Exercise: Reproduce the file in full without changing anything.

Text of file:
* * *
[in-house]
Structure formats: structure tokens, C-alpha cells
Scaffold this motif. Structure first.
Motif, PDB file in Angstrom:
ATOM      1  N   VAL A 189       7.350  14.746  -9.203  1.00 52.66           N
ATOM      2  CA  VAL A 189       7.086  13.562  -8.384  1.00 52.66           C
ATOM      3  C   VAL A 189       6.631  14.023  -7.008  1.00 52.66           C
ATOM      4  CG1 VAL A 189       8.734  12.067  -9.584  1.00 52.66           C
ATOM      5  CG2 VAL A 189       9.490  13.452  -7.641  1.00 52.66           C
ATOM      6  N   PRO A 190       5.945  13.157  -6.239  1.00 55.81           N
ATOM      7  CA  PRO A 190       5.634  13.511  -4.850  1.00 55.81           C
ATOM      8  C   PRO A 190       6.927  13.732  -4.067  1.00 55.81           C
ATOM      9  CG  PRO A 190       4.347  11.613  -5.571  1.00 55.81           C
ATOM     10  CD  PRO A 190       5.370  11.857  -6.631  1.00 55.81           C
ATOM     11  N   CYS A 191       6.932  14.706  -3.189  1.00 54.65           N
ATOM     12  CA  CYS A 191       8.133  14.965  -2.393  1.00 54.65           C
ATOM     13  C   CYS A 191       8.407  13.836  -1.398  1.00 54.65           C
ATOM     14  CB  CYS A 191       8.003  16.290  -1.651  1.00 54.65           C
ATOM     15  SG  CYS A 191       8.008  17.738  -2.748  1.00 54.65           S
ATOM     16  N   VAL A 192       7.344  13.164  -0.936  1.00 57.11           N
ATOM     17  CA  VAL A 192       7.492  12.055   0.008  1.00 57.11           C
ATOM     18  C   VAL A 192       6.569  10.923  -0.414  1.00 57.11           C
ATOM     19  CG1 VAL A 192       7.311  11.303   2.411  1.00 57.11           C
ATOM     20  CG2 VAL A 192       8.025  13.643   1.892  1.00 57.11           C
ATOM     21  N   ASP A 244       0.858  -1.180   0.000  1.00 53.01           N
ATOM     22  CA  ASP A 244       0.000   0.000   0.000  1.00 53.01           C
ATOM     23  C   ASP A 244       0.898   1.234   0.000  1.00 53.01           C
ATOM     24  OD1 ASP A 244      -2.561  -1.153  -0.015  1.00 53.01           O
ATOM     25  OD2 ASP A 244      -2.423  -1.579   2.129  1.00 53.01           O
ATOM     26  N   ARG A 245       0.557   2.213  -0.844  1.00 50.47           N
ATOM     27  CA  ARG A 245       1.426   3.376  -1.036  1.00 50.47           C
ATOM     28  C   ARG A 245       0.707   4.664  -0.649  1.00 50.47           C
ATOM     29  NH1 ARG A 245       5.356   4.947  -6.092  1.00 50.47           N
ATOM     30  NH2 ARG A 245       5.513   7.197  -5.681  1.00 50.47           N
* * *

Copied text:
[in-house]
Structure formats: structure tokens, C-alpha cells
Scaffold this motif. Structure first.
Motif, PDB file in Angstrom:
ATOM      1  N   VAL A 189       7.350  14.746  -9.203  1.00 52.66           N
ATOM      2  CA  VAL A 189       7.086  13.562  -8.384  1.00 52.66           C
ATOM      3  C   VAL A 189       6.631  14.023  -7.008  1.00 52.66           C
ATOM      4  CG1 VAL A 189       8.734  12.067  -9.584  1.00 52.66           C
ATOM      5  CG2 VAL A 189       9.490  13.452  -7.641  1.00 52.66           C
ATOM      6  N   PRO A 190       5.945  13.157  -6.239  1.00 55.81           N
ATOM      7  CA  PRO A 190       5.634  13.511  -4.850  1.00 55.81           C
ATOM      8  C   PRO A 190       6.927  13.732  -4.067  1.00 55.81           C
ATOM      9  CG  PRO A 190       4.347  11.613  -5.571  1.00 55.81           C
ATOM     10  CD  PRO A 190       5.370  11.857  -6.631  1.00 55.81           C
ATOM     11  N   CYS A 191       6.932  14.706  -3.189  1.00 54.65           N
ATOM     12  CA  CYS A 191       8.133  14.965  -2.393  1.00 54.65           C
ATOM     13  C   CYS A 191       8.407  13.836  -1.398  1.00 54.65           C
ATOM     14  CB  CYS A 191       8.003  16.290  -1.651  1.00 54.65           C
ATOM     15  SG  CYS A 191       8.008  17.738  -2.748  1.00 54.65           S
ATOM     16  N   VAL A 192       7.344  13.164  -0.936  1.00 57.11           N
ATOM     17  CA  VAL A 192       7.492  12.055   0.008  1.00 57.11           C
ATOM     18  C   VAL A 192       6.569  10.923  -0.414  1.00 57.11           C
ATOM     19  CG1 VAL A 192       7.311  11.303   2.411  1.00 57.11           C
ATOM     20  CG2 VAL A 192       8.025  13.643   1.892  1.00 57.11           C
ATOM     21  N   ASP A 244       0.858  -1.180   0.000  1.00 53.01           N
ATOM     22  CA  ASP A 244       0.000   0.000   0.000  1.00 53.01           C
ATOM     23  C   ASP A 244       0.898   1.234   0.000  1.00 53.01           C
ATOM     24  OD1 ASP A 244      -2.561  -1.153  -0.015  1.00 53.01           O
ATOM     25  OD2 ASP A 244      -2.423  -1.579   2.129  1.00 53.01           O
ATOM     26  N   ARG A 245       0.557   2.213  -0.844  1.00 50.47           N
ATOM     27  CA  ARG A 245       1.426   3.376  -1.036  1.00 50.47           C
ATOM     28  C   ARG A 245       0.707   4.664  -0.649  1.00 50.47           C
ATOM     29  NH1 ARG A 245       5.356   4.947  -6.092  1.00 50.47           N
ATOM     30  NH2 ARG A 245       5.513   7.197  -5.681  1.00 50.47           N